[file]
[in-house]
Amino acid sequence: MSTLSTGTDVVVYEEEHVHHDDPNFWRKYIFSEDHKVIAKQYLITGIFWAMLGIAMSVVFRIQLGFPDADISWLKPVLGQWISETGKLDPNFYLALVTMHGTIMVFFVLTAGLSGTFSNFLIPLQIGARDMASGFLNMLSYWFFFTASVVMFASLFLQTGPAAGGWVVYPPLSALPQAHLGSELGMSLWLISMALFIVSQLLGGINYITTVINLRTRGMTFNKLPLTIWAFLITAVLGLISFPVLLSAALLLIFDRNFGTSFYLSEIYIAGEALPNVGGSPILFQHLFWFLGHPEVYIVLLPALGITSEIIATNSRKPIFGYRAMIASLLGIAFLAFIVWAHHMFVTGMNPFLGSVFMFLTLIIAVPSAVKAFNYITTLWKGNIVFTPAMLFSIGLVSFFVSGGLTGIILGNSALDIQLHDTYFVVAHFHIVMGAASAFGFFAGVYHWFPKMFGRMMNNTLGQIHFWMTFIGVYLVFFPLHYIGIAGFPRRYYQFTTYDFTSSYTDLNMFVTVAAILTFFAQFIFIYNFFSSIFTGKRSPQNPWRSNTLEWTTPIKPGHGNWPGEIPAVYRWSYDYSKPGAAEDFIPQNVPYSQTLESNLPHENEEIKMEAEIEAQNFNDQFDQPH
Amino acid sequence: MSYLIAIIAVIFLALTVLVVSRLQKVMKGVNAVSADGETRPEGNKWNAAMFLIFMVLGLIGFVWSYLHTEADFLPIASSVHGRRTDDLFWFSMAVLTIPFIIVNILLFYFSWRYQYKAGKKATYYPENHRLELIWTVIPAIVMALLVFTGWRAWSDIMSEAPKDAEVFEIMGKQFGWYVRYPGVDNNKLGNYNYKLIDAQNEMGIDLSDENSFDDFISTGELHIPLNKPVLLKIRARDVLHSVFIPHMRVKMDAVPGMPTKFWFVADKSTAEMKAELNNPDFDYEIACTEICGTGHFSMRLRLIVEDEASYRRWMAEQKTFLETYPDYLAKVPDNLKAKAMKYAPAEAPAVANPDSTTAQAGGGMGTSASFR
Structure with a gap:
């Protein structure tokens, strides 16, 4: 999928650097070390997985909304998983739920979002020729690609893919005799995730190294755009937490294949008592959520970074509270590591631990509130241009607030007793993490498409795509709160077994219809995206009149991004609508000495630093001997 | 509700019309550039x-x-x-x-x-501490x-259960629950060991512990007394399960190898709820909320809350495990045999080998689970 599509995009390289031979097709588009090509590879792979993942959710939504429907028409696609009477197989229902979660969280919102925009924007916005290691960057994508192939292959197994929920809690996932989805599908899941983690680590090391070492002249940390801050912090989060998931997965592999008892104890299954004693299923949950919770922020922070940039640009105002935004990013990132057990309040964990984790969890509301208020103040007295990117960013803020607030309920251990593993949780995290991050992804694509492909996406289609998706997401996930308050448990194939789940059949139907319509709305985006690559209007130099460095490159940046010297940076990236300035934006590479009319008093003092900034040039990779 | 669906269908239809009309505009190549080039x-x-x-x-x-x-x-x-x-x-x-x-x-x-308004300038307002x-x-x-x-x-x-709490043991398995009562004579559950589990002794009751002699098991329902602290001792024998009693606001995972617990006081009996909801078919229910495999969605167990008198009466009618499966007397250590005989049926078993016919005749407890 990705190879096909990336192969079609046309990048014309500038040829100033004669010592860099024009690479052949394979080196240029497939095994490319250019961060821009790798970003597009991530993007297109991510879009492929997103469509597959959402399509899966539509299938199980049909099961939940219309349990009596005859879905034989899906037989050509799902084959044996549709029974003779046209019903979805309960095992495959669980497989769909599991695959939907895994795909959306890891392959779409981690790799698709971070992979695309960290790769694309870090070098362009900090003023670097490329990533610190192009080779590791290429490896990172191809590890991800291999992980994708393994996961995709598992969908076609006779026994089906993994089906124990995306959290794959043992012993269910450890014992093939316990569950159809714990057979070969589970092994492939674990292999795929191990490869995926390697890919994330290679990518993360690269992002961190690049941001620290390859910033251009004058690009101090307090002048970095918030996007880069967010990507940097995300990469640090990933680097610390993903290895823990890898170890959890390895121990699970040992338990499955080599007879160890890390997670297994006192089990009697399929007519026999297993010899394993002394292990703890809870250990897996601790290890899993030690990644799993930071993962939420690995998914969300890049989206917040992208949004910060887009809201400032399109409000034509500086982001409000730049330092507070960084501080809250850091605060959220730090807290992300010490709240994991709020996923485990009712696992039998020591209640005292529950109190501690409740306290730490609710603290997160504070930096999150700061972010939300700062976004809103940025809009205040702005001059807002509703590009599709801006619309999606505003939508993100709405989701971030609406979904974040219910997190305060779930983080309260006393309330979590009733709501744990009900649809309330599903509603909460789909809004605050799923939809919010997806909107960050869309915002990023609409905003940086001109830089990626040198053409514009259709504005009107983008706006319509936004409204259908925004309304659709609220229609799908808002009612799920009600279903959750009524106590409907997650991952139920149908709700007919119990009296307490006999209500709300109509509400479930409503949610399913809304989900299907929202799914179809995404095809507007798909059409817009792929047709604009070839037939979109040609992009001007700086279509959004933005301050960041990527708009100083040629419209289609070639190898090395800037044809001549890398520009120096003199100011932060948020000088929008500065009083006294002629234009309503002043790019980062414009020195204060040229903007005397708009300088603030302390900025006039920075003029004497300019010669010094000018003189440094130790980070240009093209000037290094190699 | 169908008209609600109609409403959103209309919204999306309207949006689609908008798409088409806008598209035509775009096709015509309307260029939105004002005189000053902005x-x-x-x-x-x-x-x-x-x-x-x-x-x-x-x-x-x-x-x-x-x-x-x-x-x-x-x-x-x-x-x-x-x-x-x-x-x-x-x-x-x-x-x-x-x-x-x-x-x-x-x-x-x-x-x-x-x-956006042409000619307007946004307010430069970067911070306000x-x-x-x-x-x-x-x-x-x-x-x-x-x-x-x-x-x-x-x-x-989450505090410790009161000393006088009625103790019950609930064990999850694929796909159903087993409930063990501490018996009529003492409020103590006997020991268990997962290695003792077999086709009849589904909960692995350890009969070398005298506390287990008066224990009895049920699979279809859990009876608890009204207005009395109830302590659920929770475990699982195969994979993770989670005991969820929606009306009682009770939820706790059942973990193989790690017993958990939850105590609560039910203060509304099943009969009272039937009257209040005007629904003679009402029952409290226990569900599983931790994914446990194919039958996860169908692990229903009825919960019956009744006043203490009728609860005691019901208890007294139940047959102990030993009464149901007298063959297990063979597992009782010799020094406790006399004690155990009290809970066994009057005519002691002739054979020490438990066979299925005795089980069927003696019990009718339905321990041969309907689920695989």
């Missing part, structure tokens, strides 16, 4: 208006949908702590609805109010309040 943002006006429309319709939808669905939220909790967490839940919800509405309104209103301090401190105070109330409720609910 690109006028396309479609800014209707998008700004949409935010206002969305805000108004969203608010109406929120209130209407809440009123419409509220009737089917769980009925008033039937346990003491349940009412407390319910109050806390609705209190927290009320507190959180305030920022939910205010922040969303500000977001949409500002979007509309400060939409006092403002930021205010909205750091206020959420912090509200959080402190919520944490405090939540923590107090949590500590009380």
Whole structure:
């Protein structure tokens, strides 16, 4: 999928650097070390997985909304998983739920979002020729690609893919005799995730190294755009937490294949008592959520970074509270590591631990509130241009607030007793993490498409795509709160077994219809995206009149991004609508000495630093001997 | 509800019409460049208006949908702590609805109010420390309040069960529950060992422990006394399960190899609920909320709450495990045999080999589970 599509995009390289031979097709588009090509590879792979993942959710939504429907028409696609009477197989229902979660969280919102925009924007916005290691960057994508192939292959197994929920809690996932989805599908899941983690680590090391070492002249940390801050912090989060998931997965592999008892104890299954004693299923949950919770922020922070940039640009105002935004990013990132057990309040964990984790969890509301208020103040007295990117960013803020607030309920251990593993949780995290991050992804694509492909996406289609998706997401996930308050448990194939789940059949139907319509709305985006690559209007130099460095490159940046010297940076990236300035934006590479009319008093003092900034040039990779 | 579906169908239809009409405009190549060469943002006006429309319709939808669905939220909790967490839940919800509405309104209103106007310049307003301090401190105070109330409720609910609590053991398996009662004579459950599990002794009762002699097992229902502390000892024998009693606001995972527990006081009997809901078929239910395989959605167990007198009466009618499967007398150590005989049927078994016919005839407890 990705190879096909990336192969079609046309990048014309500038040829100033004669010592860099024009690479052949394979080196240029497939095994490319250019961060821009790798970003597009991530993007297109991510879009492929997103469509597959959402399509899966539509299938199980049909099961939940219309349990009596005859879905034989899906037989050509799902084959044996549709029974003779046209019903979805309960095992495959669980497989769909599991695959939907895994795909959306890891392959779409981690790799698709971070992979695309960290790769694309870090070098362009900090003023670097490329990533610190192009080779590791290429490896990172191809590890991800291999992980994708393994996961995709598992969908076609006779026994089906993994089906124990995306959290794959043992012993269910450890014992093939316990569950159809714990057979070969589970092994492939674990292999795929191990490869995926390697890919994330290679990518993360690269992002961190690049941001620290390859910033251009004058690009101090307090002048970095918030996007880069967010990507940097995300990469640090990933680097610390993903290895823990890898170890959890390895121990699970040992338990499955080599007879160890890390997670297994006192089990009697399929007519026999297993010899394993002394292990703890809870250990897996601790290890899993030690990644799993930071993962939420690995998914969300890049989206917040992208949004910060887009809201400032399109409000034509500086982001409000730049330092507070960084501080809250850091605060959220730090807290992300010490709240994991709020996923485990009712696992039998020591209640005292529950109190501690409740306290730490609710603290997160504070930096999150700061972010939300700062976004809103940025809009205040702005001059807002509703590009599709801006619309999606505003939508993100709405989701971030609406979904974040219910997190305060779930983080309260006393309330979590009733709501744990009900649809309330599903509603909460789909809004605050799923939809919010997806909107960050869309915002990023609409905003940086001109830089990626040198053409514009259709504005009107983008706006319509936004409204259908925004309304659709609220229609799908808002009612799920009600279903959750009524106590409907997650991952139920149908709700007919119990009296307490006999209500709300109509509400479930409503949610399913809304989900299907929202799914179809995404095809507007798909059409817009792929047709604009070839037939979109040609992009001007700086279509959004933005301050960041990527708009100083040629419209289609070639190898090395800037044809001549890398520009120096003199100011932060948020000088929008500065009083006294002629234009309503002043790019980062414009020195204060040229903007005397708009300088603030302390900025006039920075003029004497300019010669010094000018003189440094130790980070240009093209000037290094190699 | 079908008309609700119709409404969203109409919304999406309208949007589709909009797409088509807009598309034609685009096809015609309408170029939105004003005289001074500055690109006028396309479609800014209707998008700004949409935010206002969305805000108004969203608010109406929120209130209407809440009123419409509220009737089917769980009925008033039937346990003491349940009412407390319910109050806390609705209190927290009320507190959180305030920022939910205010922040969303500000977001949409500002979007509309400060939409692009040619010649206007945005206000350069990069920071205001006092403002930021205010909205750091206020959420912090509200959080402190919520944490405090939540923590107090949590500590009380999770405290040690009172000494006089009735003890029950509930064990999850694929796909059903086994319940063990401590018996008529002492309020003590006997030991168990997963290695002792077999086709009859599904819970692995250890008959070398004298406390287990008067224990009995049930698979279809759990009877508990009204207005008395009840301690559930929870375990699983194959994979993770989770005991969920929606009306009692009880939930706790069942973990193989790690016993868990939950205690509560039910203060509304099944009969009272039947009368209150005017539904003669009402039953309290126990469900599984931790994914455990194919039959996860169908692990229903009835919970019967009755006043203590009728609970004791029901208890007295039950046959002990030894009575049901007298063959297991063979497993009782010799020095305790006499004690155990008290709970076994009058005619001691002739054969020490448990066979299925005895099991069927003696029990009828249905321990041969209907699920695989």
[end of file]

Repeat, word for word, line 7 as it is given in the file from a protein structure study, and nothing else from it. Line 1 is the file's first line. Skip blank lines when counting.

Whole structure: